Political Speech | Supreme Court

Supreme Court Agrees to Hear ‘Trump Too Small’ Trademark Case

trump hands
In this March 3, 2016, file photo, Republican U.S. presidential candidate Donald Trump shows off the size of his hands as rivals Marco Rubio (L) and Ted Cruz (R) look on at the start of the U.S. Republican presidential candidates debate in Detroit, Michigan. (Reuters/Jim Young)

By Susanna Granieri

The Supreme Court decided June 5 to hear a California attorney’s case in which he requested to trademark the phrase “Trump too small.” The insult was initially made by Florida Senator Marco Rubio during the 2016 presidential campaign in which he said former President Trump had “small hands … And you know what they say about guys with small hands.”

Steve Elster, the California attorney, wished to use the phrase on the front of T-shirts which list certain positions on public issues in which “Trump’s package is too small” on the back. For example, “Small on the environment; small on civil rights; small on LGBTQ rights,” among other things.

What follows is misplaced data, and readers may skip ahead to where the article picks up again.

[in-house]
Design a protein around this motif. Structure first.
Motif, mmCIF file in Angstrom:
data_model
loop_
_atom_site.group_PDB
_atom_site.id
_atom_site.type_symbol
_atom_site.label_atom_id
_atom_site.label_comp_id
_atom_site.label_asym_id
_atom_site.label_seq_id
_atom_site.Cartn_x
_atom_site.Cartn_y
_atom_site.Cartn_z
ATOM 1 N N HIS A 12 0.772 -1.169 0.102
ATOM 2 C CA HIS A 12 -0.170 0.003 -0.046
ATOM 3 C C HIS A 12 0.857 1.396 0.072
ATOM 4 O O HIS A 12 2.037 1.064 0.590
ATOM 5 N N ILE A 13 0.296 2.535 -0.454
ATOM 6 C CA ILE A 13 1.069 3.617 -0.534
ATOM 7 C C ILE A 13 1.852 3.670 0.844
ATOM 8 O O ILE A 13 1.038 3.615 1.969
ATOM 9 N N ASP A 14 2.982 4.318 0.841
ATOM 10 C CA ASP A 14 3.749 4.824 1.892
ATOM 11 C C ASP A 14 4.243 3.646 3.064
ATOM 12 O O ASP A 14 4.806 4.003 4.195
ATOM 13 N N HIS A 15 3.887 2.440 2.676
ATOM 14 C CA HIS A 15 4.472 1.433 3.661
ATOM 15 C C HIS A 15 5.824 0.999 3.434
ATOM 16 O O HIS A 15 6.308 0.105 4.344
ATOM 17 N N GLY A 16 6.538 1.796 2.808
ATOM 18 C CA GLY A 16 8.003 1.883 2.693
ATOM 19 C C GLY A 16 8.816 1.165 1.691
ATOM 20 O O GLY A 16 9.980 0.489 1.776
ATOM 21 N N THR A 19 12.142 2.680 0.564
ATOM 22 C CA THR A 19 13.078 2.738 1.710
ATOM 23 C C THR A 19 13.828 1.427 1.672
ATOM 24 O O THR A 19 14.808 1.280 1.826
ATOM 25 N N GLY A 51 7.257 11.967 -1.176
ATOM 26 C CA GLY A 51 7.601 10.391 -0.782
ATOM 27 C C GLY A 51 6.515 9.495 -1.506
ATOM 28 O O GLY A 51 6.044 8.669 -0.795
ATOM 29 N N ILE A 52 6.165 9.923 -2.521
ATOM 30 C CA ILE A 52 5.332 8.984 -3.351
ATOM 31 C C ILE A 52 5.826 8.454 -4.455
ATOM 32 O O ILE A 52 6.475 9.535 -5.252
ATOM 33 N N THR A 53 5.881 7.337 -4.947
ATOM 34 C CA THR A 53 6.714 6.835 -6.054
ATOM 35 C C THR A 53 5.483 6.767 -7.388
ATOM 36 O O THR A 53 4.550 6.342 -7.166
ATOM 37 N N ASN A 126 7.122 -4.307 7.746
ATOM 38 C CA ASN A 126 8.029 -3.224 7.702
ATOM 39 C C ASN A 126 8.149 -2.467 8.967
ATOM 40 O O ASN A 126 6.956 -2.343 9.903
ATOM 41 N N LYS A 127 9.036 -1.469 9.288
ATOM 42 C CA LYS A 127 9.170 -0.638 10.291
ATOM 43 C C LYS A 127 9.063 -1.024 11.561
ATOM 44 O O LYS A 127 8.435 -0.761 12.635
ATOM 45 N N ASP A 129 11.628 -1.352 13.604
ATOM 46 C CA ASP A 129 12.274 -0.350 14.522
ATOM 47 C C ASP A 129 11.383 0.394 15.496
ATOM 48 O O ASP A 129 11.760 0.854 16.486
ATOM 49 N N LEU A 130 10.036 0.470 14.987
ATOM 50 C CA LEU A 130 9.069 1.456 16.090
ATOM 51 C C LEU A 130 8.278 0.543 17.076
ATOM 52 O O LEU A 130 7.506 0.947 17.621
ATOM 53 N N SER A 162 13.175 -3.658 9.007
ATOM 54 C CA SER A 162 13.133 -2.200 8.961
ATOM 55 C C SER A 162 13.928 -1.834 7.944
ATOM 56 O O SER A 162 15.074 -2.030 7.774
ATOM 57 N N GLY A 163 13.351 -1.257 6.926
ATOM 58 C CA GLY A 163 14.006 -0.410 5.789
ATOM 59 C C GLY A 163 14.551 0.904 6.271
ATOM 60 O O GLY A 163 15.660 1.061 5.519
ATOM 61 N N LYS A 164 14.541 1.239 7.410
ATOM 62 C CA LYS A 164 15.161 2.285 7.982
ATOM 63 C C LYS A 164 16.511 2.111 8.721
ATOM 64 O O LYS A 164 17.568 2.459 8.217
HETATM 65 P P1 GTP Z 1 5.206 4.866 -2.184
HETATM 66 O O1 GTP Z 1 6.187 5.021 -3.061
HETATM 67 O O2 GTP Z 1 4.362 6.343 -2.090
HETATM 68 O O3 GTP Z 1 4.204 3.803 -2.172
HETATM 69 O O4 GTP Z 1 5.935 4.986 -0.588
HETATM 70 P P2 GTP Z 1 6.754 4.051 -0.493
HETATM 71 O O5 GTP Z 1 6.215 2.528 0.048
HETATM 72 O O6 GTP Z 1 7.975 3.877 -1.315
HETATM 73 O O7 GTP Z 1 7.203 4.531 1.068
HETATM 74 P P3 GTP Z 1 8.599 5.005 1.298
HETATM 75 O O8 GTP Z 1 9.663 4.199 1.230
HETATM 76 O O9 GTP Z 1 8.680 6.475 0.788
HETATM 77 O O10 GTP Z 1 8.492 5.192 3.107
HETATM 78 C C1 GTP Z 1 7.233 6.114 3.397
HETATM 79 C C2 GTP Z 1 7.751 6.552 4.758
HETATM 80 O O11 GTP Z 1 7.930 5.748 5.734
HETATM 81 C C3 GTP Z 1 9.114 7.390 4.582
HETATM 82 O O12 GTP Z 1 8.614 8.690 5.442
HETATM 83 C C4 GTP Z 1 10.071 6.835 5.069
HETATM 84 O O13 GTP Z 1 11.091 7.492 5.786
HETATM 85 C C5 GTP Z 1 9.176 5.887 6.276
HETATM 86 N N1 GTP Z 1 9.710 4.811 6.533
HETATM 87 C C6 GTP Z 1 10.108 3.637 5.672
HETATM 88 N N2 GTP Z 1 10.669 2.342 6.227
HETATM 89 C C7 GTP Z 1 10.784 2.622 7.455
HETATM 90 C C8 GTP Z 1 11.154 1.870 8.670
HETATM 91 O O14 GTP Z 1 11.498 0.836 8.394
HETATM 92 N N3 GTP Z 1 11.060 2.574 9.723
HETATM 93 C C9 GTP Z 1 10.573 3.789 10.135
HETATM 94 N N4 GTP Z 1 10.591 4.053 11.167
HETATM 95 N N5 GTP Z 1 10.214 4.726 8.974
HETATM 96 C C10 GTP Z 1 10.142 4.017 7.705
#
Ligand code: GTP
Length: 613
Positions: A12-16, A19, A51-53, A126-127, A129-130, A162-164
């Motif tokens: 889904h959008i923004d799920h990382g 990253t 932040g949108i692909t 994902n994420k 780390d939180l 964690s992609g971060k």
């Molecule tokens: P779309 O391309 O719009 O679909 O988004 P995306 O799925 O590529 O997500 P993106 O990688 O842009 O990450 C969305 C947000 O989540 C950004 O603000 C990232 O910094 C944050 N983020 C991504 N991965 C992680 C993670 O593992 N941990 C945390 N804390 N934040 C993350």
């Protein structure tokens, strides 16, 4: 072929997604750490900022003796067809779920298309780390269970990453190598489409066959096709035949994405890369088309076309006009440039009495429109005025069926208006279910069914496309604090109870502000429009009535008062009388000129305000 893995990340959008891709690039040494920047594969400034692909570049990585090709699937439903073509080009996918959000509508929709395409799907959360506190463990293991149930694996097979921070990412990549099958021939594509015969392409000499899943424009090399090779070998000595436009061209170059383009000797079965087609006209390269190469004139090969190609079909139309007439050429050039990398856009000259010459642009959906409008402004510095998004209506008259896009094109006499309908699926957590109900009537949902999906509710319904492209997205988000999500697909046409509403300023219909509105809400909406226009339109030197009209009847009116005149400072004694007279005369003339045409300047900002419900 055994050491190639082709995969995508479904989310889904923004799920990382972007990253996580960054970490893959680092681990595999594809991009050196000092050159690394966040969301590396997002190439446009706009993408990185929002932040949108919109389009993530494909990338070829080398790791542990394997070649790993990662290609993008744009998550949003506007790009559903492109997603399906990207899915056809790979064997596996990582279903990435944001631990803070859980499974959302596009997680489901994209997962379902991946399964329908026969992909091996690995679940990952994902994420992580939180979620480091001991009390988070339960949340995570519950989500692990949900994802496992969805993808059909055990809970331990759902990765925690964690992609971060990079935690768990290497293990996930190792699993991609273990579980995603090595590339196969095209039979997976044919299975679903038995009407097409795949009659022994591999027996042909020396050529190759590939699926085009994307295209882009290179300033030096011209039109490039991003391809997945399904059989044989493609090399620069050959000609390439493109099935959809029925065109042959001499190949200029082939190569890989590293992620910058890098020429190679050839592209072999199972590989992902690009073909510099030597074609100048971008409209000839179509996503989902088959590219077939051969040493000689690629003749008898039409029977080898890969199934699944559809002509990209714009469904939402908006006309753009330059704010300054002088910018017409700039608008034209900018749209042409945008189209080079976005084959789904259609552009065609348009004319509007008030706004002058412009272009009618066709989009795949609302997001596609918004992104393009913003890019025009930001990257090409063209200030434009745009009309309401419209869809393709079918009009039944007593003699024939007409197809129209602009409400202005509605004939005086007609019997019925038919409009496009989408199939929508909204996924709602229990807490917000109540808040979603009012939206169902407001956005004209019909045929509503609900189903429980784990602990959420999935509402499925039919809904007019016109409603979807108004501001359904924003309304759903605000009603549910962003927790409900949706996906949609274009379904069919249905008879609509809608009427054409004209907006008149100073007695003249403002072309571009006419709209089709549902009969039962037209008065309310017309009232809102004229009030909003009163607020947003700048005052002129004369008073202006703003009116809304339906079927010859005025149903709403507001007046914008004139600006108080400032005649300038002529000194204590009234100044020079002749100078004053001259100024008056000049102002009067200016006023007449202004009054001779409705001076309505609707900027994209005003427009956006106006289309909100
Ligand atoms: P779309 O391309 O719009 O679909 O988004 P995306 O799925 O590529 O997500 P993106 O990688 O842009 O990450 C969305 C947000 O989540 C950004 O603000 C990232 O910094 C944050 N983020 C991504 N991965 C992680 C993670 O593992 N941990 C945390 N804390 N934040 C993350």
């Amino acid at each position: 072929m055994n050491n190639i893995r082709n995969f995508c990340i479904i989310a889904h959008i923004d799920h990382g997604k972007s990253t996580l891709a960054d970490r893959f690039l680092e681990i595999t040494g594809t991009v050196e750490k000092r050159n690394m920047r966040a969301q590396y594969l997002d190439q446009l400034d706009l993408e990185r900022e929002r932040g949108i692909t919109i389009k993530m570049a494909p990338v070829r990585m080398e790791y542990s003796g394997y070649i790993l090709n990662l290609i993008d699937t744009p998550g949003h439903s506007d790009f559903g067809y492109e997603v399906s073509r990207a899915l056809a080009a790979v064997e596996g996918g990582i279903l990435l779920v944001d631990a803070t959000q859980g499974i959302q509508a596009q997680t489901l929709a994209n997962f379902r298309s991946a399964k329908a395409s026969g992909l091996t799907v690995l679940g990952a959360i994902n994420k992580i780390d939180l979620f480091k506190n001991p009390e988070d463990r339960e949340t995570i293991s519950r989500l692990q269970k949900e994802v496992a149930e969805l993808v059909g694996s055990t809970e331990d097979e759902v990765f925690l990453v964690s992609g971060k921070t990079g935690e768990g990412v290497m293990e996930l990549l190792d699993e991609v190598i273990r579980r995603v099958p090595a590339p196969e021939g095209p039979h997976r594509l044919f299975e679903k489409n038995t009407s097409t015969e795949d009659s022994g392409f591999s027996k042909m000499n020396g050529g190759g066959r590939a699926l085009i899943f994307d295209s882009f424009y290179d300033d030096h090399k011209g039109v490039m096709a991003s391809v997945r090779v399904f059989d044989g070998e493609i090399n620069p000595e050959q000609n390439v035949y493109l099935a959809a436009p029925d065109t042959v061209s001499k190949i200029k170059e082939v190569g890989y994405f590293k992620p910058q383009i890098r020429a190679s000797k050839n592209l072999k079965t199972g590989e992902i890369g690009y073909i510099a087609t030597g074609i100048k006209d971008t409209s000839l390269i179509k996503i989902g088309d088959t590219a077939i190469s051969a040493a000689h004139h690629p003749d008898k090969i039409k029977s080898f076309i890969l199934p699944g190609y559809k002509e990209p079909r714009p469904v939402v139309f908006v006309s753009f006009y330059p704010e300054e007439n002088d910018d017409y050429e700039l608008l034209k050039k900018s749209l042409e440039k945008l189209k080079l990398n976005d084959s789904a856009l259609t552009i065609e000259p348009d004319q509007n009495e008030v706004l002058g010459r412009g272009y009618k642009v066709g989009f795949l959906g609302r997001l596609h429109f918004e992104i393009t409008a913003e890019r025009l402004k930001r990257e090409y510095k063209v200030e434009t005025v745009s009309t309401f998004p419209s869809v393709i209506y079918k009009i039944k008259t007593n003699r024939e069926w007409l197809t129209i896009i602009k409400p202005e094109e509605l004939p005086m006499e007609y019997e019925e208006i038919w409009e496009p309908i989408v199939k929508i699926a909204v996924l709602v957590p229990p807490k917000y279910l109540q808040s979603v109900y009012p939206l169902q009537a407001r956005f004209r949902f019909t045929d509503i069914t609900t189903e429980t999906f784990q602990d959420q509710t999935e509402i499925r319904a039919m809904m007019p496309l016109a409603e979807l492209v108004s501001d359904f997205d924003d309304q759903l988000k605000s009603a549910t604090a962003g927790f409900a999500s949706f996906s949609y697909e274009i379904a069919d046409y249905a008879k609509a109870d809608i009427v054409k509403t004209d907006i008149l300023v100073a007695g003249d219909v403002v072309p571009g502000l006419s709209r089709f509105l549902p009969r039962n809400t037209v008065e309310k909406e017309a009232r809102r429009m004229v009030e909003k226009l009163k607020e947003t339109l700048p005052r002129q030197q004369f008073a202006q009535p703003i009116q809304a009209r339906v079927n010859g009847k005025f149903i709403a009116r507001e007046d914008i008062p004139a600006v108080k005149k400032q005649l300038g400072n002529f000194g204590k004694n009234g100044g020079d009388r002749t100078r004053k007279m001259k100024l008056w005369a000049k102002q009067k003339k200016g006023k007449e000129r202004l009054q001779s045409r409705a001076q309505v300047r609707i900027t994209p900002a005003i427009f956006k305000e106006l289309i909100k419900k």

The Patent and Trademark Office rejected Elster’s request, citing Section 1052(c) of the Lanham Act. The federal law prohibits federal registration of any trademark that “[c]onsists of or comprises a name … identifying a particular living individual except by his written consent.”

A three-judge panel of the U.S. Court of Appeals for the Federal Circuit unanimously reversed the Patent and Trademark Office’s decision, finding that the trademark sought by Elster “is speech that is otherwise at the heart of the First Amendment.”

“The government has no valid publicity interest that could overcome the First Amendment protections afforded to the political criticism embodied in Elster’s mark,” wrote Judge Timothy B. Dyk in the decision. “As a result of the president’s status as a public official, and because Elster’s mark communicates his disagreement with and criticism of the then-president’s approach to governance, the government has no interest in disadvantaging Elster’s speech.”

The Biden Administration appealed the ruling to the Supreme Court, presenting the question: “Whether the refusal to register a mark under Section 1052(c) violates the Free Speech Clause of the First Amendment when the mark contains criticism of a government official or public figure.”

In Elster’s brief in response, he argues that “the statute makes it virtually impossible to register a mark that expresses an opinion about a public figure — including a political message (as here) that is critical of the president of the United States.”

The Supreme Court is expected to hear the case in the fall.

Feb. 24, 2022 — U.S. Court of Appeals for the Federal Circuit decision

January 2023 — Biden Administration Appeal

April 25, 2023 — Steve Elster response